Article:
• Stages of Reproductive Aging Workshop (STRAW) Staging System 2001

  • 1) Menopausal transition: a) Variation in menstrual cycle ( > 7 d different from normal) and ≥2 skipped cycles and >=60 d amenorrhea; b) FSH
  • 2) Perimenopause: Starts at the time of the menopausal transition ( see above) and ends 12 months after last menstrual period
  • 3) Menopause: 12 months of amenorrhea after final menses
  • 4) Postmenopause: Stage 1 is the first 5 years after menopause – women have bone loss and hot flashes. Stage 2 is 5 yrs after the last menstrual period until death.


  • • Menopause occurs due to programmed loss of ovarian follicles
  • • During perimenopause inhibin B falls due to decline in follicular number and FSH rises, estradiol preserved, low progesterone
  • • In late menopausal transition, FSH and estradiol fluctuate
  • • After menopause, ovary no longer secretes estradiol, however produces androgens under the stimulation of LH


  • • Average age of menopause is app. 51.4 years; menopause prior to age 40 is premature ovarian failure
  • • Age of menopause reduced in smokers
  • • Ethnicity and race may influence menopause, earlier age among Hispanic women and later in Japanese-American women when c/w Caucasian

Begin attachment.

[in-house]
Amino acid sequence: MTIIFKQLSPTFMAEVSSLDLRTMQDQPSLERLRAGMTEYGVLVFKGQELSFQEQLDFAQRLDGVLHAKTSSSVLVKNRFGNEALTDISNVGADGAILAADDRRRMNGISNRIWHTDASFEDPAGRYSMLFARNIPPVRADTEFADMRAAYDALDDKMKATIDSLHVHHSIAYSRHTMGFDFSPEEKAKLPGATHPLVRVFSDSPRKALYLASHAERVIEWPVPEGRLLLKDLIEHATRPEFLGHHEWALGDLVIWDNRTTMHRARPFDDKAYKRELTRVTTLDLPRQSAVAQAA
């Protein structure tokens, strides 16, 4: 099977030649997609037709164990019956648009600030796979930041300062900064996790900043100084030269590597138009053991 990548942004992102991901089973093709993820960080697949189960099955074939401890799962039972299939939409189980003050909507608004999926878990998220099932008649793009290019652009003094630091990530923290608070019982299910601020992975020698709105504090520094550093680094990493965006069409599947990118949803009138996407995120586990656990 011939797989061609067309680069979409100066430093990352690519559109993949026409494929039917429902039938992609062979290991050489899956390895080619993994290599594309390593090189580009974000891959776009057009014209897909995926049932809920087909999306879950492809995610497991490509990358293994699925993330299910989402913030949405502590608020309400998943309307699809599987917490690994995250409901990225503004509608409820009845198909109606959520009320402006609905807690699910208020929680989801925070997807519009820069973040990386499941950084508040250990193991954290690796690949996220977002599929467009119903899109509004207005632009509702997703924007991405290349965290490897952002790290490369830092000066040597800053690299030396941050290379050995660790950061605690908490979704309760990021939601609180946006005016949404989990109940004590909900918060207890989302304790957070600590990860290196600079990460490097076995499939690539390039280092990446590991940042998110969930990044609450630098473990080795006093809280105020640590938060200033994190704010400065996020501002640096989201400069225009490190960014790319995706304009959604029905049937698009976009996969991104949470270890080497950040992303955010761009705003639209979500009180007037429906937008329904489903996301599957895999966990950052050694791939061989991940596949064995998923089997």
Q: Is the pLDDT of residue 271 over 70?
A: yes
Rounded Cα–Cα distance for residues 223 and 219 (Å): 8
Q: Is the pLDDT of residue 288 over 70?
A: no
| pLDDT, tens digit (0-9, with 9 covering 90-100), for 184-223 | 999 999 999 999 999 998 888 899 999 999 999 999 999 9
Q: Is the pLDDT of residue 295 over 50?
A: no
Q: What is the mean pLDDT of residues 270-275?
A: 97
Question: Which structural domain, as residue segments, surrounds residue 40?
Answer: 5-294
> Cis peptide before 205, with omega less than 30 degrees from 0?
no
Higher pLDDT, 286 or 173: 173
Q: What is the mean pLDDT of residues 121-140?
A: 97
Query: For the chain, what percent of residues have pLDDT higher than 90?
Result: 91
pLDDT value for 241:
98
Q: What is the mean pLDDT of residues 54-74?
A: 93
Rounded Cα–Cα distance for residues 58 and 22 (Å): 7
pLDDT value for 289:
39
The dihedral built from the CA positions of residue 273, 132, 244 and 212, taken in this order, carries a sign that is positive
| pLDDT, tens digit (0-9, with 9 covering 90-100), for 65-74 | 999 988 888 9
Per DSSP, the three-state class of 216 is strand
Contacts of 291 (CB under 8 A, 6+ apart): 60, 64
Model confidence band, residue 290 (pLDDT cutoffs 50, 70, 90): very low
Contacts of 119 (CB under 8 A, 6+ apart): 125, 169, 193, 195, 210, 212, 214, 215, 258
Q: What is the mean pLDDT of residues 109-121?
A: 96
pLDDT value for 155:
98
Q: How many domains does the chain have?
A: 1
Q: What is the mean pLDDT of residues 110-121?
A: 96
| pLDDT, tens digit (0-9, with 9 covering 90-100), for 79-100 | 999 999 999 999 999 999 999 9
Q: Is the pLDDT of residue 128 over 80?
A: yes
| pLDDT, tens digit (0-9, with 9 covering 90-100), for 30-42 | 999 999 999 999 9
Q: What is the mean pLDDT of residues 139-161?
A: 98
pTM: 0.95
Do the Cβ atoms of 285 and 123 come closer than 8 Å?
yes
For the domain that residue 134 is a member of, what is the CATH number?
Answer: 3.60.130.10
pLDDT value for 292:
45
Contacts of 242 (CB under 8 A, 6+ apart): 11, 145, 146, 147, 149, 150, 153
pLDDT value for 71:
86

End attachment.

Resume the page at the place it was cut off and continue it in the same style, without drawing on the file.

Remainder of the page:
• • Important to assess family history of early menopause

      • • Hot flashes- Etiology unknown. Thermoregulatory dysfunction. Self limited to 1-5 yrs. Variable among cultures – 75% US women complain of hot flashes, 20% seek therapy.
      • • Irregular bleeding patterns- if heavy bleeding should perform endometrial surveillance given period of unopposed estrogen exposure
      • • Sleep disturbance – Hot flashes can arouse from sleep and primary sleep disorders more common
      • • Vaginal dryness – Estrogen deficiency leads to thinning of epithelium – > vaginal atrophy ( loss of rugae, pale, pH inc to > 6.0)
      • • Sexual dysfunction – decrease in blood flow to vagina/vulva -> decreased lubrication; dyspareunia
      • • Urinary sx – low estrogen results in atrophy of urethral epithelium and predispose to stress/urge urinary incontinence
      • • Depression – Overall studies support an association between menopause and mood changes such as irritability/nervousness; controversial if related to true depression
      • • Bone loss – secondary to estrogen def
      • • Breast pain – Common in early menopausal transition
      • • Skin changes – estrogen def -> reduced collagen content of the skin/bones


      moderate/severe vasomotor sx only

      • • Estrogen – most effective; po or transdermal; if women has uterus give in conjunction with progesterone; short term therapy; taper to end
      • • Behavioral changes – keeping temp cool, regular exercise, relaxation therapy
      • • SSRIs – One of first choices if not taking HRT. RCT’s have shown benefit
      • • Gabapentin- suggested for nocturnal hot flashes
      • • Progestins – Megestrol acetate, norethindrone acetate, high dose DMPA shown to be effective
      • • Clonidine – effective in some trials; try transdermal; may be good in women with HTN
      • • Phytoestrogens – NO more effective than placebo; concern is that they are SERMS
      • • Herbal/Black Cohosh – No more effective than placebo; may have estrogenic effect on breast
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